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SCED speaks on trade issues (with video)
     Following is the transcript of remarks by the Secretary for Commerce and Economic Development, Mr Edward Yau, at a media session on matters relating to trade conflict between China and the United States (US) after meeting with representatives of major chambers of commerce and associations of small and medium enterprises today (August 27):
Reporter: Two questions, one for Mr Yau, the other one for either of you (Chairman of the Federation of Hong Kong Industries, Dr Daniel Yip; and the President of the Chinese Manufacturers' Association of Hong Kong, Dr Dennis Ng). What is the exact percentage of the impact of these tariffs on the goods that went through Hong Kong to the US or both ways, in terms of last year's trade figures and in the first half of this year? And the second question is: have you seen any lay-offs or shut down of companies arising from this trade war situation?
Secretary for Commerce and Economic Development: In terms of US-China trade, in aggregate terms, seven per cent of US imports from China comes through Hong Kong, and the other way round, US products coming to China through Hong Kong accounts for about two per cent. So as a whole, nine per cent of Hong Kong's imports and exports is related to US-China trade. In statistical terms, that accounts for less than 10 per cent of our overall trade.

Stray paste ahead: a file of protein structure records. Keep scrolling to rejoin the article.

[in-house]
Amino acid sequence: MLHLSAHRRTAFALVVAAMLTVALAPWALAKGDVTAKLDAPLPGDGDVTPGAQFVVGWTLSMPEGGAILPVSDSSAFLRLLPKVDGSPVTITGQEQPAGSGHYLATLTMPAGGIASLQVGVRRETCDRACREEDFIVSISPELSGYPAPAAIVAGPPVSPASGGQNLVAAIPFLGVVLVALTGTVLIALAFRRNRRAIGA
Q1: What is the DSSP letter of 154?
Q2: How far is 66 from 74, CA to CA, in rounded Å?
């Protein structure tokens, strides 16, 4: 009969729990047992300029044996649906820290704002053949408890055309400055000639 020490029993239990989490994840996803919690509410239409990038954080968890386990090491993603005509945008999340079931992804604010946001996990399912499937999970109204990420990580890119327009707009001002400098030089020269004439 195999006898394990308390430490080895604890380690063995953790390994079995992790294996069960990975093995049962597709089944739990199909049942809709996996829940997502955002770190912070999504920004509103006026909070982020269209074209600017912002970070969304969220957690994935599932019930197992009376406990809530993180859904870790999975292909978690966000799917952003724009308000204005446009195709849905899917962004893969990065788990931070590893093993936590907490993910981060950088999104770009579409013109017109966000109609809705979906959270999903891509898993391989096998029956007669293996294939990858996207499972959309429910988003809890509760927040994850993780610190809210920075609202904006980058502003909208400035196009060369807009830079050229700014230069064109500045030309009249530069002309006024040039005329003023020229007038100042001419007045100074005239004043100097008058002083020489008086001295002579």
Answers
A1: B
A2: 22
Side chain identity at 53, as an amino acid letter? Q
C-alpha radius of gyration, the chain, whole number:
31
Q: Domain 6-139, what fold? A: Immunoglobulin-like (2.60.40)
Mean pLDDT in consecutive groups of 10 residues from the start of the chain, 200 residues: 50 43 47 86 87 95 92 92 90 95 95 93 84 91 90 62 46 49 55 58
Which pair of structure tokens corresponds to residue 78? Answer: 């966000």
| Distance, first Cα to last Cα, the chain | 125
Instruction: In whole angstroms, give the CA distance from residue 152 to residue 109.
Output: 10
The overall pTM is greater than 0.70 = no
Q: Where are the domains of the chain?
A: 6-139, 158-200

But of course, we are not talking about just commodity trade. With the heightened tariffs and the very extensive coverage of almost all the products, basically, I think it is a total war in terms of commodity trade. With a very heavy and inhibitive tariff imposed on trading between these two countries, plus the fact that the US and China are the world's biggest trading partners, the impact of a trade war onto other economic areas cannot be underestimated.
     In the earlier estimate last year, we were talking about the initial phase of 25 per cent (US tariff) imposed on some of the (Chinese) products, at that time, some economists were estimating that the impact on Hong Kong's GDP (Gross Domestic Product) would range from 0.1 to 0.2 per cent. But as a matter of fact, Hong Kong's economy suffered a stronger hit on that basis.
     Talking about the new wave of heightened tariffs and a wider coverage, the direct impact might be smaller than the initial phase because of the marginal increase and the additional coverage. The indirect impact and the collateral damage, will certainly be no less than last time, because we are talking about a total coverage of all the commodities and very inhibitive tariffs imposed on each other. I think that would be our worry.
Reporter: So less than 10 per cent, do you mean the new tariffs or just the previous tariffs?
Secretary for Commerce and Economic Development: Including both.
(Please also refer to the Chinese portion of the transcript.)
Ends/Tuesday, August 27, 2019
Issued at HKT 19:58
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